Developing Coaches: Part One

developing coaches

In Samantha Orme’s view, a great Coach is able to give each athlete an individualized experience.

“A great Coach gives each individual athlete an optimal training experience, taking into account mobility challenges, and strength and skill level. That leads to faster improvement in performance, and less likelihood of injury,” said Orme, the owner of CrossFit Virtuosity in Brooklyn, New York. “I’ve heard class with Coach Glassman described this way: Each person in the class somehow feels as though the Coach particularly noticed them and gave them something to work on. That’s great coaching, and it’s really not an easy thing to provide. It requires a deep knowledge of movement, a great coaching eye, a huge library of cues, fixes, drills, etc. to draw upon, as well as a well-developed coaching persona and highly evolved communication skills.”

But just because you or your staff might have reached the point of being able to adapt to your clients, that doesn’t mean you’re a master Coach. “We are all in development, all the time, so ‘master’ seems like an endpoint that doesn’t exist to me,” said Zach Forrest, the owner of Max Effort Fitness in Las Vegas, Nevada.

Constant development requires seeking out education, as well as providing it inside your four walls. Orme shared Virtuosity has a development program in-house that allows trainee Coaches to shadow the gym’s lead Coaches. She explained it also provides them a chance to progressively coach as experience is gained and feedback is applied.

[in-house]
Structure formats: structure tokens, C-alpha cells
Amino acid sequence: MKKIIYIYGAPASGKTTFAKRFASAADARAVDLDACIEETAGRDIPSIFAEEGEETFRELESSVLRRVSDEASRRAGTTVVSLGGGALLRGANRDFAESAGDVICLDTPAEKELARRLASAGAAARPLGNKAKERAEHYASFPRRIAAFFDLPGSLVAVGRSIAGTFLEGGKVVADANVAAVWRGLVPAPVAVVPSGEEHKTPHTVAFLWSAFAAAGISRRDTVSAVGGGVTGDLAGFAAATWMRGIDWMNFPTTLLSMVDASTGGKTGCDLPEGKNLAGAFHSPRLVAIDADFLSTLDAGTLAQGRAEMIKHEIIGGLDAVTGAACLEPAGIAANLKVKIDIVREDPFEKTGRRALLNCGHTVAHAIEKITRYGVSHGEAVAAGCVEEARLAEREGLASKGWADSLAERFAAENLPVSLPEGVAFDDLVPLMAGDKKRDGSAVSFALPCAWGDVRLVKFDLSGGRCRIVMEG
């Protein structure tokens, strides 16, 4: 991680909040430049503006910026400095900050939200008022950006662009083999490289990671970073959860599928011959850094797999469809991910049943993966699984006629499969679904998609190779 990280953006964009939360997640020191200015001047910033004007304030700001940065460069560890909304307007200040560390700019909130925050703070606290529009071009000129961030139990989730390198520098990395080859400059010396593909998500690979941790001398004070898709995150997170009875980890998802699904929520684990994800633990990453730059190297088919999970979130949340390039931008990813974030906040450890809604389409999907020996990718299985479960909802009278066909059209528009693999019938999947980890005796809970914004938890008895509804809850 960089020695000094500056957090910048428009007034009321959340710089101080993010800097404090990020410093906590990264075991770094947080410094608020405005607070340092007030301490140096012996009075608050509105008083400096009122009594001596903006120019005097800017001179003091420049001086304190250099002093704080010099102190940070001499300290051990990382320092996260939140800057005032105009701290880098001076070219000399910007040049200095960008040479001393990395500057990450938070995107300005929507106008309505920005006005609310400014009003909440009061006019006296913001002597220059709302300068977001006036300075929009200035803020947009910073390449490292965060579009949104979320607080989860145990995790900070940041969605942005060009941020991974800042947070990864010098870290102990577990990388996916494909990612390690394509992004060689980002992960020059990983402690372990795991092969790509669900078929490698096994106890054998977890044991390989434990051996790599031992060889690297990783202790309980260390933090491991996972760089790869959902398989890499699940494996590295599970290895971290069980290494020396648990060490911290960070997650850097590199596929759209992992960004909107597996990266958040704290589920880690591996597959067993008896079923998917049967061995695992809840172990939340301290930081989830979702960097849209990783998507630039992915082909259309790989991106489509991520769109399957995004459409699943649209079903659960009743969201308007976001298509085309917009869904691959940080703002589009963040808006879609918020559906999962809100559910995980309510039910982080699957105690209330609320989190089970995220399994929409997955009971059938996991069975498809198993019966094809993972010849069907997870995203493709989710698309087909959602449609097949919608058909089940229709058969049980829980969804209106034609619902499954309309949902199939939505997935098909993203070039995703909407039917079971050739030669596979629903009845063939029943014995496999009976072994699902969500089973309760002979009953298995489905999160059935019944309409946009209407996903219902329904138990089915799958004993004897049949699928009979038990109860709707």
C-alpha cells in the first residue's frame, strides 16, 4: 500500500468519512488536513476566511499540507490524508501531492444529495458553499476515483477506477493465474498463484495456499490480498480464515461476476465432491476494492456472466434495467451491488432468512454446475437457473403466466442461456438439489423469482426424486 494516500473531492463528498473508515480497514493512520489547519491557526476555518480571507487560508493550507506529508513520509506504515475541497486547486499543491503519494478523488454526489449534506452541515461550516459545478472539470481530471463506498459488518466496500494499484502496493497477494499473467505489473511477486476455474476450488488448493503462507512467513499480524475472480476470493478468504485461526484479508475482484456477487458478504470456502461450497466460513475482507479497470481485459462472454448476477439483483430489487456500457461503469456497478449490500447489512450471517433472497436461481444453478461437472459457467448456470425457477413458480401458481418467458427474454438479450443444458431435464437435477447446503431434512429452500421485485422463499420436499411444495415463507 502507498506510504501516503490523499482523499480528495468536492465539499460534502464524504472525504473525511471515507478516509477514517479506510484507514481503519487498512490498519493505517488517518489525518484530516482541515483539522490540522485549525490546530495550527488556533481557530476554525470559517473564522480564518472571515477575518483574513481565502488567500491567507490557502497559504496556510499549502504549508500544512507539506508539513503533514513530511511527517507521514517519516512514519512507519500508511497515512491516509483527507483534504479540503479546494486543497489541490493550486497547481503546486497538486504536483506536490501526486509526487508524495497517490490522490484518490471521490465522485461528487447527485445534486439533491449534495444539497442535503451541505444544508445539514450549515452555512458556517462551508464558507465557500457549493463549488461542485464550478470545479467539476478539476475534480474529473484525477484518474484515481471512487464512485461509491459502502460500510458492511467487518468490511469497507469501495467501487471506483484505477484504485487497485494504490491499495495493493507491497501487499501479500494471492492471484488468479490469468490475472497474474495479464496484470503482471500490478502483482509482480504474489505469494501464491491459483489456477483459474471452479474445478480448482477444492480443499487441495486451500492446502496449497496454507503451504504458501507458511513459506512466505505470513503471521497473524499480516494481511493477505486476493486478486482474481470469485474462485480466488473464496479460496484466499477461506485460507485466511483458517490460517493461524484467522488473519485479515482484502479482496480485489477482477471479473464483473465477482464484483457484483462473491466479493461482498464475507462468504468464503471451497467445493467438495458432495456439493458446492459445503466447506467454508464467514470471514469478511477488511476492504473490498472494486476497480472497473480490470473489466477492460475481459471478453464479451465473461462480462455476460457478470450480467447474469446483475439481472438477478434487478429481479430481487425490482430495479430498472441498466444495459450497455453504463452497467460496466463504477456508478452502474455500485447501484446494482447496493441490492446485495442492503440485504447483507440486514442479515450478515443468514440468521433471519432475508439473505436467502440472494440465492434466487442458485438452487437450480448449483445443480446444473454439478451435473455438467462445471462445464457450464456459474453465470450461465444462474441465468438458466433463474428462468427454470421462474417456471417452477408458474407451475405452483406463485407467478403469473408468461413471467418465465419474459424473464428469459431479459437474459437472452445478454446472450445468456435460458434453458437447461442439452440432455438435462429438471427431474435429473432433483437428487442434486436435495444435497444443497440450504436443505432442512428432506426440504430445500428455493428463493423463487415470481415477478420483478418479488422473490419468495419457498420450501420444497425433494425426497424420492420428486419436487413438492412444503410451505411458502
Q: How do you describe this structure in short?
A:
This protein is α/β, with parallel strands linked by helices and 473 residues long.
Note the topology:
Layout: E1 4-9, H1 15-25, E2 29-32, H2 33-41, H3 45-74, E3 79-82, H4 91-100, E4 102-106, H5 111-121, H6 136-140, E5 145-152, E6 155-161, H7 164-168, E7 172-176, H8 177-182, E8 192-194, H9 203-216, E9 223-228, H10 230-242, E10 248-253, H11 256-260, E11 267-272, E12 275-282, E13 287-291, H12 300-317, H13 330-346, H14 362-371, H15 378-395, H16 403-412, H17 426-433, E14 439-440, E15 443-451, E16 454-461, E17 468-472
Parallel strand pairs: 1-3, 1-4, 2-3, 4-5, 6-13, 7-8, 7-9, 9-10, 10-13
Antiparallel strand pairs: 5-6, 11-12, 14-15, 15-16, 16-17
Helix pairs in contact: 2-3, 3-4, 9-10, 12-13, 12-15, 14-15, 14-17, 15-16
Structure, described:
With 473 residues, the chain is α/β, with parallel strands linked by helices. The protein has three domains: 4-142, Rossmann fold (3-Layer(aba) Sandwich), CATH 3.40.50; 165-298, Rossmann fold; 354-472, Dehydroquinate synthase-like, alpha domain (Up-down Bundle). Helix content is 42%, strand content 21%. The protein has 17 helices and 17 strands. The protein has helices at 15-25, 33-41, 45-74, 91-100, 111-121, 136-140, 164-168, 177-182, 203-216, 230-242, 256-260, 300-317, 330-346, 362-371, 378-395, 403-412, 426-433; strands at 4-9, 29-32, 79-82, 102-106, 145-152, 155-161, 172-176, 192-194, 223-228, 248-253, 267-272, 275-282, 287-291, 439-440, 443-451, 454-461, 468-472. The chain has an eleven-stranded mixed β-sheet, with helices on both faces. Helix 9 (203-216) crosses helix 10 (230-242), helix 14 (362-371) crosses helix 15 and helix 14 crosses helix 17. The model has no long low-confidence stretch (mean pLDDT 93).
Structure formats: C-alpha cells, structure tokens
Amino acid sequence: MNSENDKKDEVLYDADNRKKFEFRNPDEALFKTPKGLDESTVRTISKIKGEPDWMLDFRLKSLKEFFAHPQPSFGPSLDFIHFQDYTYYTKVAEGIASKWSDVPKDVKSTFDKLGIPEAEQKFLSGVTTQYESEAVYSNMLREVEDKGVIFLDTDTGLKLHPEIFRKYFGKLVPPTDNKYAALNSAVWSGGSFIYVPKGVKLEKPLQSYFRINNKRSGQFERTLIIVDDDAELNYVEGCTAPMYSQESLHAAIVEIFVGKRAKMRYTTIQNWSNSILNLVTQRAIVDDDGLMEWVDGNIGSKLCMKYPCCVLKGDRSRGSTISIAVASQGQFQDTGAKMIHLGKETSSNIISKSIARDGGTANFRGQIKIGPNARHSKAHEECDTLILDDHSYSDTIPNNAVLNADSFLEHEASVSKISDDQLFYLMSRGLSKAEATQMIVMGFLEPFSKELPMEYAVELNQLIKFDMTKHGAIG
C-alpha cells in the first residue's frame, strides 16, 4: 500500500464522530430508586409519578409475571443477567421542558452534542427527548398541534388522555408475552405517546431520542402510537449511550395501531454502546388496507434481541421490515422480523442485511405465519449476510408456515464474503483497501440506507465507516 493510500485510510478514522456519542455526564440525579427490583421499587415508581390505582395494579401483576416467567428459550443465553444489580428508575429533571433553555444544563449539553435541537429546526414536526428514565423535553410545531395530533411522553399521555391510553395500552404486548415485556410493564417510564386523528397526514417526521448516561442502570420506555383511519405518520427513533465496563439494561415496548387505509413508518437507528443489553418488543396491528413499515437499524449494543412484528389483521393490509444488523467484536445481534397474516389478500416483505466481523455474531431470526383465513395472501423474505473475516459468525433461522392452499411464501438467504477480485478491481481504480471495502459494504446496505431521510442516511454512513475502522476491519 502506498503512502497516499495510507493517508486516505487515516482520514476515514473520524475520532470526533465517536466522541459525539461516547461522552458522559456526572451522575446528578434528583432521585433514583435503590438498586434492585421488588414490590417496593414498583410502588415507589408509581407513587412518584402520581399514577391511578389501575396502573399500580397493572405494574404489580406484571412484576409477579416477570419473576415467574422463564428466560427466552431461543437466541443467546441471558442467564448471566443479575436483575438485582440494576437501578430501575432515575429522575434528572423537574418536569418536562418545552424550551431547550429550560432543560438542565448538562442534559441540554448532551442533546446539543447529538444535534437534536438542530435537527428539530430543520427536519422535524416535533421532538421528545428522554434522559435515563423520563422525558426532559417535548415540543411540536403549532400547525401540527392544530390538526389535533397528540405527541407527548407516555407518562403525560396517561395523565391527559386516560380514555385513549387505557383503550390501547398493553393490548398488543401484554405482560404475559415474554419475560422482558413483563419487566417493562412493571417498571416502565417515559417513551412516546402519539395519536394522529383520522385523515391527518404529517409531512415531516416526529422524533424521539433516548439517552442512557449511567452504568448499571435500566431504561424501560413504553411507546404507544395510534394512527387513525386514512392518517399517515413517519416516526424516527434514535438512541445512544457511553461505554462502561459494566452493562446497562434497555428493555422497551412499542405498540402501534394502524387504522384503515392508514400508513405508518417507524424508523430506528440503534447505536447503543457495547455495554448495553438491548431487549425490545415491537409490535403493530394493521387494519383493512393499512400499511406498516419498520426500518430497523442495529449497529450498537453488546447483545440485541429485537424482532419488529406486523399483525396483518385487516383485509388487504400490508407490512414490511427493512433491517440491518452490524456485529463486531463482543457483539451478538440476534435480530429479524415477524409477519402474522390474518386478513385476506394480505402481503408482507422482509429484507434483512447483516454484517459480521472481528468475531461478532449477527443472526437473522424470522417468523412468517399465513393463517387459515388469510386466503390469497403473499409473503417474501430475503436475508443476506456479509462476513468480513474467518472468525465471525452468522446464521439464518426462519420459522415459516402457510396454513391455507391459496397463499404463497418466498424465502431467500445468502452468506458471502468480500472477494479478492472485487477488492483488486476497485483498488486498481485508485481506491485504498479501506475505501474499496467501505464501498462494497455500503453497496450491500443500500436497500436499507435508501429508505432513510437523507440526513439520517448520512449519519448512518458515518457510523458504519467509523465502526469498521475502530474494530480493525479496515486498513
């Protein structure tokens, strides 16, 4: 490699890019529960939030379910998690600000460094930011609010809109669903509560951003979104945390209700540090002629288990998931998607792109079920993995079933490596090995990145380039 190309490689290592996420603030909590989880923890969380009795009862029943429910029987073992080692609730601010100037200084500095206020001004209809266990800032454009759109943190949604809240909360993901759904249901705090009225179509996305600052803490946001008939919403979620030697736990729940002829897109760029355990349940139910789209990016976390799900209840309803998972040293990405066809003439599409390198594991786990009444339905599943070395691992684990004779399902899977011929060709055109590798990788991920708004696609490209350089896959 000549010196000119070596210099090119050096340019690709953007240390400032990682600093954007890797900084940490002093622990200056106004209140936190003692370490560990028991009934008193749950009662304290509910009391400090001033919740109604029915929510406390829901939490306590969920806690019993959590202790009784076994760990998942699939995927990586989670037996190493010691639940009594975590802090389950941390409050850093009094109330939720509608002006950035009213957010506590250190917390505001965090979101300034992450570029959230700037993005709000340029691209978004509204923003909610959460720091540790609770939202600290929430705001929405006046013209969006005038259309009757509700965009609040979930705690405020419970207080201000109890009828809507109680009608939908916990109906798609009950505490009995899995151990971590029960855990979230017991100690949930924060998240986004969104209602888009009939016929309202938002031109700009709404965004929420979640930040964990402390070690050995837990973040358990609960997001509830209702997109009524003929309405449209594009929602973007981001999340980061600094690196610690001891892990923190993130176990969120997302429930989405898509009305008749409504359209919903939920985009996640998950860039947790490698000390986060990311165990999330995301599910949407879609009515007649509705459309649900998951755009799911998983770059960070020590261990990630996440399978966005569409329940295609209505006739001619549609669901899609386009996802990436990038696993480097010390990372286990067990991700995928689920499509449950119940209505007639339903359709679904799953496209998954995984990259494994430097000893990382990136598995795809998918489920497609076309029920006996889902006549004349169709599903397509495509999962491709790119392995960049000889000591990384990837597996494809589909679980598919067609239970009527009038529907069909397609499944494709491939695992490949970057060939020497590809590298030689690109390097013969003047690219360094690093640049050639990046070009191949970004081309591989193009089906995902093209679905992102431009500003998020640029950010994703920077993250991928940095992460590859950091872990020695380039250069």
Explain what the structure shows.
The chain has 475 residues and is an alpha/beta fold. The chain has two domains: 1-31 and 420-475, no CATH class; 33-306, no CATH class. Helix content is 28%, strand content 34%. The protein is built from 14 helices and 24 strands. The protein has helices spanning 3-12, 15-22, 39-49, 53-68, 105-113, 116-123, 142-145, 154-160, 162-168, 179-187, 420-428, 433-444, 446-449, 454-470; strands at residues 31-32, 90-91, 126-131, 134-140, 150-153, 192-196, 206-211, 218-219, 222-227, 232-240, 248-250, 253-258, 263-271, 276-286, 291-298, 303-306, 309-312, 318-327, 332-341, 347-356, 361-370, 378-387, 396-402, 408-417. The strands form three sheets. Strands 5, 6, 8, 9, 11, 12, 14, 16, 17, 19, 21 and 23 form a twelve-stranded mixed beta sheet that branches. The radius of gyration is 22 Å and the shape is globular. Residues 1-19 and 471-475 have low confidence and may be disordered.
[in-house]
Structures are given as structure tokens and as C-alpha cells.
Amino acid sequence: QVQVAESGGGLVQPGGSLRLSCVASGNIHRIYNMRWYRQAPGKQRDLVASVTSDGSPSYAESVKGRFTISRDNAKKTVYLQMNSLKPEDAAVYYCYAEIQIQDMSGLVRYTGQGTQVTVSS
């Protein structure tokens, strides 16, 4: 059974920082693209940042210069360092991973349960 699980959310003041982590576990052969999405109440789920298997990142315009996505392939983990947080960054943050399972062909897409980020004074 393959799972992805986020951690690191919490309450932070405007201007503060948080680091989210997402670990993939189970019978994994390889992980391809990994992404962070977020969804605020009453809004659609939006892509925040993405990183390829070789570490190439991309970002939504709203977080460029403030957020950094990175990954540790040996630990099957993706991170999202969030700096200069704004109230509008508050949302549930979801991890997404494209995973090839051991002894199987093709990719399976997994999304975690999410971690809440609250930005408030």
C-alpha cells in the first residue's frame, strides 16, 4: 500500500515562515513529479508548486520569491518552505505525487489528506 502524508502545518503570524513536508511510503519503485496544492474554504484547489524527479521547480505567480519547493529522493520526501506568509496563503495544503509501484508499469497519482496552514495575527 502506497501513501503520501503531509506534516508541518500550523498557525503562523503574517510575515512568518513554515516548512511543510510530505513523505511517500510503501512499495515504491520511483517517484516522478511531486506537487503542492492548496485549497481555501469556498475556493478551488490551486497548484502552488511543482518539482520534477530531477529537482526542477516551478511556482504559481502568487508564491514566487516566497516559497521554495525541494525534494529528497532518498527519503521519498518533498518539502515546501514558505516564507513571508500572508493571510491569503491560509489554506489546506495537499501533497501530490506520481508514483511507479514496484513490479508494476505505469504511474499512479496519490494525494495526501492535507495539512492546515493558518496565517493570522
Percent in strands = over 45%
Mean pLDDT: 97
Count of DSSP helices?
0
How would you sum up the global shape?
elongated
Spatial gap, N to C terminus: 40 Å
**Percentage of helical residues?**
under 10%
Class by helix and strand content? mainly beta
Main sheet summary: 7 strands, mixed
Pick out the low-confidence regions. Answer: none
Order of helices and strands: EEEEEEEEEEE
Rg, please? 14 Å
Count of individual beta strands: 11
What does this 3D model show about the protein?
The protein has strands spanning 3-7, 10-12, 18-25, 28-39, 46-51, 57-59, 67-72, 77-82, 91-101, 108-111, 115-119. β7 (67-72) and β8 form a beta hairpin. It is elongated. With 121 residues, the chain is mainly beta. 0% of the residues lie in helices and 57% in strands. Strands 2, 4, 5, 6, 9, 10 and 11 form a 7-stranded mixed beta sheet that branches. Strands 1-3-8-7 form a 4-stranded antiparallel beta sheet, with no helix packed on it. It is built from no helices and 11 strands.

But, it goes beyond just shadowing and in-house training at Virtuosity. “Trainees also complete reading and written assignments that prepare them for CrossFit Level 1, Level 2 and Level 3 Trainer Courses. Our full-time Coaches receive an annual stipend for continuing education that they can use to attend outside certs and seminars — we encourage them to do that as much as possible,” shared Orme.

At Max Effort, Coaches are given constant feedback on their class performance, with formal class evaluations happening every quarter. Annual goals drive continuing education choices, as well as a focus on shoring up weaknesses. “Just like your physical fitness, you have more to gain by focusing on developing your weakness than always playing to your strengths,” said Forrest.

And when it comes to what the industry of coaching needs to work on as a whole, Forrest was clear: “Seeing movement and correcting movement,” he said. “As I coach Level 2 courses, I see an overwhelming majority of people still have a hard time discerning good from poor movement and then being able to come up with effective corrective strategies.”

Heather is the editor for Box Pro Magazine. Contact her at